-Tanner Kenney, Fellow
On May 30th, 2017, the university announced its goal to achieve both net-zero and LEED Platinum statuses on the campus. The architects, construction firms, designers, engineers, and facilities operators rely on myriad technologies to achieve these goals, including smart building controls, geothermal heat pumps, rooftop solar photovoltaic panels, advanced façade design and materials, and LED lighting throughout. NYECC members, including Taconic Investment Partners and Vornado Realty Trust, were led through the sprawling campus’ grounds and facilities and shown the various ways in which smart building controls such as keycard-activated wall outlets and timed sun-shading can allow for both reductions in energy consumption as well as improvement of tenant morale.
“Cornell Tech will have some of the most environmentally-friendly and energy-efficient buildings in the world[.]” – Dan Huttenlocher – Dean, Cornell Tech
Underneath these lawns, the developers dug eighty 400’ wells that will provide geothermal energy and heat for the campus in addition to a 40,000 gallon rainwater storage tank that will provide the building with a renewable source of fresh water to-be treated onsite. The green spaces above provide stunning views of Manhattan, Brooklyn, and Queens, and are even more striking in contrast with the façade of the Cornell Tech building. The structure features a rainscreen that is covered with a hole-punched (machine-randomized), aluminum façade that both lets in ample light and protects against excessive heat from the sun.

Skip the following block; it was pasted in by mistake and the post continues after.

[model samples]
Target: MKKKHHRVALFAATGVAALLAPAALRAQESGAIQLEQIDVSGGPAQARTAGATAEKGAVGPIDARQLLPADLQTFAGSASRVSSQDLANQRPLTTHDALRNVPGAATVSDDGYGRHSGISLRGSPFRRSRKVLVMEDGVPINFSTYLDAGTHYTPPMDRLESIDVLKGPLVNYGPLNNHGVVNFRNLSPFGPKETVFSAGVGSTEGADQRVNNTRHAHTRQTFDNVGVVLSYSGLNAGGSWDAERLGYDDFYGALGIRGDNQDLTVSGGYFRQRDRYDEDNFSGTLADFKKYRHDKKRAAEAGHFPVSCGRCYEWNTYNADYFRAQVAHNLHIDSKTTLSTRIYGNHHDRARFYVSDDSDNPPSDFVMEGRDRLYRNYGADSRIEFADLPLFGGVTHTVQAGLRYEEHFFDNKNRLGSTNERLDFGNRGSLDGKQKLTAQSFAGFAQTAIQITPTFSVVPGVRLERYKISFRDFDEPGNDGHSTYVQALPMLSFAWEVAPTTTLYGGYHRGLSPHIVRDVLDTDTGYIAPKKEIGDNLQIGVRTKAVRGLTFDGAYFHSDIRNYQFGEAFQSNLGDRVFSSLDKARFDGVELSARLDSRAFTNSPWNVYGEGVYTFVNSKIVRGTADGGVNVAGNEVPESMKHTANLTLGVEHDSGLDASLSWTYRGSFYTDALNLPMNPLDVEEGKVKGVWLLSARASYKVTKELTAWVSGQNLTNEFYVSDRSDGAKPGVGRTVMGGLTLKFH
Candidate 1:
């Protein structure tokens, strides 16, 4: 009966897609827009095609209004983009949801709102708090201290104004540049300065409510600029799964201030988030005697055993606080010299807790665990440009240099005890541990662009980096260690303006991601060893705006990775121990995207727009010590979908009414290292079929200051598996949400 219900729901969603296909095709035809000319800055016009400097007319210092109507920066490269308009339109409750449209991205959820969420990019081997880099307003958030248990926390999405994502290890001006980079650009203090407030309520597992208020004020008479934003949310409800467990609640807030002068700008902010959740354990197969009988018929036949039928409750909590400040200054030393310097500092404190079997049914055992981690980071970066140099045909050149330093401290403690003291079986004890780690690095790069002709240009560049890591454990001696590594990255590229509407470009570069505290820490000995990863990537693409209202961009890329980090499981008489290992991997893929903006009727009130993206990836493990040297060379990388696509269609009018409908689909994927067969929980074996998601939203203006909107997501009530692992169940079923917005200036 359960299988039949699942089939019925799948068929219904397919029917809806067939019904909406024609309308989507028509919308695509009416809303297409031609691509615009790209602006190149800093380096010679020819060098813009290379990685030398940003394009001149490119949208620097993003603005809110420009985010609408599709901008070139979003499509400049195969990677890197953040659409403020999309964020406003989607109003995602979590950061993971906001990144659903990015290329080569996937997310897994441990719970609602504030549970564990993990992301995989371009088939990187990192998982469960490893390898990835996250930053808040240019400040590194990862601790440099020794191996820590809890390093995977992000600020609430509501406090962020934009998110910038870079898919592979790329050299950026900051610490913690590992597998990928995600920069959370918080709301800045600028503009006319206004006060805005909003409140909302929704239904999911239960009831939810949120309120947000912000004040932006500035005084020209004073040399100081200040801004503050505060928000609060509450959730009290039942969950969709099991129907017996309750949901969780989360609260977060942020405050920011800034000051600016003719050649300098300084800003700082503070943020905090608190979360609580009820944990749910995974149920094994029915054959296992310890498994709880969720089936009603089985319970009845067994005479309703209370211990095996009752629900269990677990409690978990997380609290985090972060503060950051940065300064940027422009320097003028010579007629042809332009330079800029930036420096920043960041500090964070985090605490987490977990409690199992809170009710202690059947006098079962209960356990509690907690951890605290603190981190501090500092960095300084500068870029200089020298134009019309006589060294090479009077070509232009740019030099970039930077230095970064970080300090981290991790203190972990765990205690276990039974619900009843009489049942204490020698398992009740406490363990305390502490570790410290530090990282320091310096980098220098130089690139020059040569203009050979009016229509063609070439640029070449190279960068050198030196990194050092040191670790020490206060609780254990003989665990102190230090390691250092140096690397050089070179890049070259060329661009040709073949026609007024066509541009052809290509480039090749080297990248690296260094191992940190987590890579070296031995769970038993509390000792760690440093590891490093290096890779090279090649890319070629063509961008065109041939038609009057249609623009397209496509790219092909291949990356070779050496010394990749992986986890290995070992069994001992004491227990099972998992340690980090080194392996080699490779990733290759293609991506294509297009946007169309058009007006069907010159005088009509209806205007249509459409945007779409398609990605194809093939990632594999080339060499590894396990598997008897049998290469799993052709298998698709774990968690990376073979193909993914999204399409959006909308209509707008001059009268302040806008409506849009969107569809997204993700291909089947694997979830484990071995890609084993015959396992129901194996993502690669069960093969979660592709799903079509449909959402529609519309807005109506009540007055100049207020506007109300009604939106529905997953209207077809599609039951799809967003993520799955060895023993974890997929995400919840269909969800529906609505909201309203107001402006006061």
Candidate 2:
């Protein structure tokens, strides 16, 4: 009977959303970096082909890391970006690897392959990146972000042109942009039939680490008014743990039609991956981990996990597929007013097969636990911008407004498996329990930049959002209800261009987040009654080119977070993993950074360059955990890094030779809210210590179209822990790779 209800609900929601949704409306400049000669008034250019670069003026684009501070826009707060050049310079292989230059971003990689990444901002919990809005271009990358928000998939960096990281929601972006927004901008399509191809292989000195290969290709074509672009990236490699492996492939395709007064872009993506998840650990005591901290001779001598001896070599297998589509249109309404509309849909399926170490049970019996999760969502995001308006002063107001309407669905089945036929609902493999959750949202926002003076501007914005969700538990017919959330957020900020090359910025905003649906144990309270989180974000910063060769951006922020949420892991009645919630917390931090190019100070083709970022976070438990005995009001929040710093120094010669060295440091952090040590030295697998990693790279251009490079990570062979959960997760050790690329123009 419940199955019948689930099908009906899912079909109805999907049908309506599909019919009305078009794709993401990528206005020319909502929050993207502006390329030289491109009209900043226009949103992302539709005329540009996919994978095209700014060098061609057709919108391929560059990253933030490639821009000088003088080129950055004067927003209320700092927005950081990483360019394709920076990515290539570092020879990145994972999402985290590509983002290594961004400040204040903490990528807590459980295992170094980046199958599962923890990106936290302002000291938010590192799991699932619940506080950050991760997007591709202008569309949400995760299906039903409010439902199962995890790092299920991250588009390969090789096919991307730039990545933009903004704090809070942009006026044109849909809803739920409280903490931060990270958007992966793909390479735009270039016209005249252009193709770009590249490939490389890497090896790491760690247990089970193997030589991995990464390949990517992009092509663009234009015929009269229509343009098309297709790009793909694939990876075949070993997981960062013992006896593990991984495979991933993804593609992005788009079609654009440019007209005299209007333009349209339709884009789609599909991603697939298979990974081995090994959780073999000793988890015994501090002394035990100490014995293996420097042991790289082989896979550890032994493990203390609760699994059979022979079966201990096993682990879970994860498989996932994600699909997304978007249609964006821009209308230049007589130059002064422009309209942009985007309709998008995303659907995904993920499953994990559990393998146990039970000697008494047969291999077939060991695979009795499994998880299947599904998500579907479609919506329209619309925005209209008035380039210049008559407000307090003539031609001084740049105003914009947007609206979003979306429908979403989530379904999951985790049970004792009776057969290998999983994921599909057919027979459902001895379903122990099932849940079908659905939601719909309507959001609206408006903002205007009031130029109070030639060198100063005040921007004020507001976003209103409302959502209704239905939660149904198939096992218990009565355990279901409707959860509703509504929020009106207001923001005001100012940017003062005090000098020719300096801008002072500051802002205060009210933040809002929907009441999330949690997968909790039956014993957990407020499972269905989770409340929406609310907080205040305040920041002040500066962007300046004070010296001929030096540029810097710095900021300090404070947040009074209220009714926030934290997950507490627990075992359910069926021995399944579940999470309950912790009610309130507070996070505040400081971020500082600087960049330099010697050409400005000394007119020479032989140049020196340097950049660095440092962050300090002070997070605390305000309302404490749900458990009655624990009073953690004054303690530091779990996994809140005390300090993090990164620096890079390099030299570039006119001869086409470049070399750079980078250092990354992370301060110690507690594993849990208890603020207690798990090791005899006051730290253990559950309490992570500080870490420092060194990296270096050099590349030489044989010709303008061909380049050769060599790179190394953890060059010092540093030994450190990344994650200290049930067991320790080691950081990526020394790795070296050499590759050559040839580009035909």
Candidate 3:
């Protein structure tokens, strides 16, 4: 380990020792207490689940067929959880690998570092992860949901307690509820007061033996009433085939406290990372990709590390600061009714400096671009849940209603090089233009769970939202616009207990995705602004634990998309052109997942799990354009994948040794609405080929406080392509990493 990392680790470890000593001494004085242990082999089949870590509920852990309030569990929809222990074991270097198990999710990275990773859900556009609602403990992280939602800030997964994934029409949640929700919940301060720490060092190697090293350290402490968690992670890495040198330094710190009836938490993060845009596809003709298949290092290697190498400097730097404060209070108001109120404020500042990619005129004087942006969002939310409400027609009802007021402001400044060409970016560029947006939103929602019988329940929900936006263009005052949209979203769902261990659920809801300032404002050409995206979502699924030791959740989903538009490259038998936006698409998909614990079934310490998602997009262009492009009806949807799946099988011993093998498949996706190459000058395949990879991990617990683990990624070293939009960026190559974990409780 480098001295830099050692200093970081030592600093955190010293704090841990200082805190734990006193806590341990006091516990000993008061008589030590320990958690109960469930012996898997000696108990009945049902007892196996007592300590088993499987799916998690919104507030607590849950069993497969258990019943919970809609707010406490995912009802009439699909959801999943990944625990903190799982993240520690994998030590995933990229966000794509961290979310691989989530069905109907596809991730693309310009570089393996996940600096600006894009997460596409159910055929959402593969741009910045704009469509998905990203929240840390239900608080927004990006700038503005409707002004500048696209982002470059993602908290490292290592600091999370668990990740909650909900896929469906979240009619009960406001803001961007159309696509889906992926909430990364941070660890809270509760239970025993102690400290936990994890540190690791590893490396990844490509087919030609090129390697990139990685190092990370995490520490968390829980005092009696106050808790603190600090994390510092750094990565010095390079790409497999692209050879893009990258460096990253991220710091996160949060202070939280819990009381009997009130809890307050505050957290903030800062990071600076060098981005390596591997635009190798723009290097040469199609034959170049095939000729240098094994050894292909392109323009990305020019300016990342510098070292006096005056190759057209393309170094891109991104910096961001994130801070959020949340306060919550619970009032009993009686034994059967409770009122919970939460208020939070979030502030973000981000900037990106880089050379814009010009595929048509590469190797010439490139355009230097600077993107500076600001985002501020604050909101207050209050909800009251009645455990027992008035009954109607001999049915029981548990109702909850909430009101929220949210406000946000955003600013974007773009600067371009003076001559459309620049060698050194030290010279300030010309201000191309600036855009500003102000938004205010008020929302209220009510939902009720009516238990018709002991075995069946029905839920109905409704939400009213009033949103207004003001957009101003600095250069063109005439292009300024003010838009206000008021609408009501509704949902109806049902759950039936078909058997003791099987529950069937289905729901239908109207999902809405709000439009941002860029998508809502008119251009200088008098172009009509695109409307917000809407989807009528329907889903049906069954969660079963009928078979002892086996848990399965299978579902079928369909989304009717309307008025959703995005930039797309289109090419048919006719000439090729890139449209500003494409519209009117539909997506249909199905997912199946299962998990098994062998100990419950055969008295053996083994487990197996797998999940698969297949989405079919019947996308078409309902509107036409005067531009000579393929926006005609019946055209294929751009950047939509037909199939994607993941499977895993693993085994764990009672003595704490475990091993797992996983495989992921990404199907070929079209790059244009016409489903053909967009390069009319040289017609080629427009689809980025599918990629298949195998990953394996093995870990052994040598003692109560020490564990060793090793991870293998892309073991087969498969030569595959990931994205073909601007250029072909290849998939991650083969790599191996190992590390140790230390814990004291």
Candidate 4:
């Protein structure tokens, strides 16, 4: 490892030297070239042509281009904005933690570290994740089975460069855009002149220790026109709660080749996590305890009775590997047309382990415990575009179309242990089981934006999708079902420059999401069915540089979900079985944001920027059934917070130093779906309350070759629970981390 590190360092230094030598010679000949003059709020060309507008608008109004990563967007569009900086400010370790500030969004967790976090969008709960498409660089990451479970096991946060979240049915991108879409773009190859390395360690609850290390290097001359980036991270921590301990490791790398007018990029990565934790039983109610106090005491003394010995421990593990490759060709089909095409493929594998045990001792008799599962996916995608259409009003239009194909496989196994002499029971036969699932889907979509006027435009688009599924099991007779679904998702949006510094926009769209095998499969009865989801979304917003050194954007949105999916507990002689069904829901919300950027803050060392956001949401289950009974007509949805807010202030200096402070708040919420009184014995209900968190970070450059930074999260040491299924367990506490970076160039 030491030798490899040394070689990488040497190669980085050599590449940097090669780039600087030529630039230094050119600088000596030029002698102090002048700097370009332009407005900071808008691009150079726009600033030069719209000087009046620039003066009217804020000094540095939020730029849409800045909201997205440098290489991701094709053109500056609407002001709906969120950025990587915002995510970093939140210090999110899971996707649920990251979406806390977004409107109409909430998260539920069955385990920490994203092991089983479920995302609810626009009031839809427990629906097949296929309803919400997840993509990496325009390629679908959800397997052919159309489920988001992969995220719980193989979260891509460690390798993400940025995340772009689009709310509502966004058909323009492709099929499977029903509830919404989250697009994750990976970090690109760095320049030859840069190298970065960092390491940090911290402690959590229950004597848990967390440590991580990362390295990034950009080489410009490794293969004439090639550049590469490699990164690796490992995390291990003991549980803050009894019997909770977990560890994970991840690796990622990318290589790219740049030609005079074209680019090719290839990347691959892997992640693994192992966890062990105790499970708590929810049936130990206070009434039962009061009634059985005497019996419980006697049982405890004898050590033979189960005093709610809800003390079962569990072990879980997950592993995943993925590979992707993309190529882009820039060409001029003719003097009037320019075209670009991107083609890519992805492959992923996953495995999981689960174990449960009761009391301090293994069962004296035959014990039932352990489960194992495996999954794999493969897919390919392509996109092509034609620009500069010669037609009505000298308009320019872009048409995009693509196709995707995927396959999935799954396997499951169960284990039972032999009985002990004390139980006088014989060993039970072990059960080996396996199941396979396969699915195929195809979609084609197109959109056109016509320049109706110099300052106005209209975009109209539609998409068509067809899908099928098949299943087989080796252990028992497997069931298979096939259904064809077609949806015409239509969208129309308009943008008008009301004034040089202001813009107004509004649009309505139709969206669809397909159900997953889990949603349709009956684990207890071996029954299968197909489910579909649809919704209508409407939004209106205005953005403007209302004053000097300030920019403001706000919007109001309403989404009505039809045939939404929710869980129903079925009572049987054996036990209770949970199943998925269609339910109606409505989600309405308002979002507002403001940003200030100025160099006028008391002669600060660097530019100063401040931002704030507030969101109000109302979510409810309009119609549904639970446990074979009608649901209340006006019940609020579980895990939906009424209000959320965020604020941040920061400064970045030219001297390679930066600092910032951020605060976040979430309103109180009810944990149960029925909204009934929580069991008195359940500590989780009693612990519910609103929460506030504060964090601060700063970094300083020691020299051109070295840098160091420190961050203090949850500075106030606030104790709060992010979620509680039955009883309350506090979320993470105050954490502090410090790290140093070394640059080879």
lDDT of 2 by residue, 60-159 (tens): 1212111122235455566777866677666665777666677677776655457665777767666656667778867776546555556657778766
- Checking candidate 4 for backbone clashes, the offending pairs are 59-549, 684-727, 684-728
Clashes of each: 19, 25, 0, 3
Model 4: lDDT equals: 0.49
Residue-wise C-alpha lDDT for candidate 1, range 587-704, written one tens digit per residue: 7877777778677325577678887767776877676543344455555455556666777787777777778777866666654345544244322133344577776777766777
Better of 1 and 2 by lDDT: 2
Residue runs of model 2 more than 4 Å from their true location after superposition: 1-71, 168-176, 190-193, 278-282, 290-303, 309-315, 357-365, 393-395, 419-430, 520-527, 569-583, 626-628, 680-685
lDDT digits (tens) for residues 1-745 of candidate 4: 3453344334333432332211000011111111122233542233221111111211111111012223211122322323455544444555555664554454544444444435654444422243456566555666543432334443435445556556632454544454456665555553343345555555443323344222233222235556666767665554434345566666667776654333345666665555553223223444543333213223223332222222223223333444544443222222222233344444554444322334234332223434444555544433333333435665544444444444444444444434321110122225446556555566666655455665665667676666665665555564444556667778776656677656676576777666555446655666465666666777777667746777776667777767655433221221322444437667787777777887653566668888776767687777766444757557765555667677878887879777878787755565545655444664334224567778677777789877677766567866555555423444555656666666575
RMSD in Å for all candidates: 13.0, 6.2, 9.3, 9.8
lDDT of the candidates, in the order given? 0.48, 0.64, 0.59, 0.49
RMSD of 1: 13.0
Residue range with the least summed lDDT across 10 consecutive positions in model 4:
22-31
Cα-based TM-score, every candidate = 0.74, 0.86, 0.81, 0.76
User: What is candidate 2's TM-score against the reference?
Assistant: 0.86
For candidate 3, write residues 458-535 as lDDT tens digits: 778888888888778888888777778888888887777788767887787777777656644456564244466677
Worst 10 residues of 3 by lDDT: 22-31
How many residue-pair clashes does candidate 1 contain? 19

Cornell Tech’s roof will soon be covered in solar PV panels, as will be the majority of the Bloomberg Campus, in addition to green spaces to provide additional cooling to the campus’ white roofing. And, although not included on the tour, the Bloomberg Center also boasts the first Passive House high-rise residential building in the world. The entirety of the campus, slated to open this fall, will be fossil fuel-free, including the kitchen in a commissary that will be open to the public.
The campus will be home to several large, public green spaces, as well, and with an academic space of 160,000 sq. ft., the Cornell Campus will provide students, faculty, employees, and visitors with exceptional quarters and unparalleled views of Manhattan. Lastly, the Bloomberg Center’s resiliency plans address not only energy concerns, but those of flooding and rising seas, as well. The campus’ foundations have been raised above traditional guidelines with additional hardening methods used onsite, including garage-fencing and the rooftop installation of important mechanical equipment.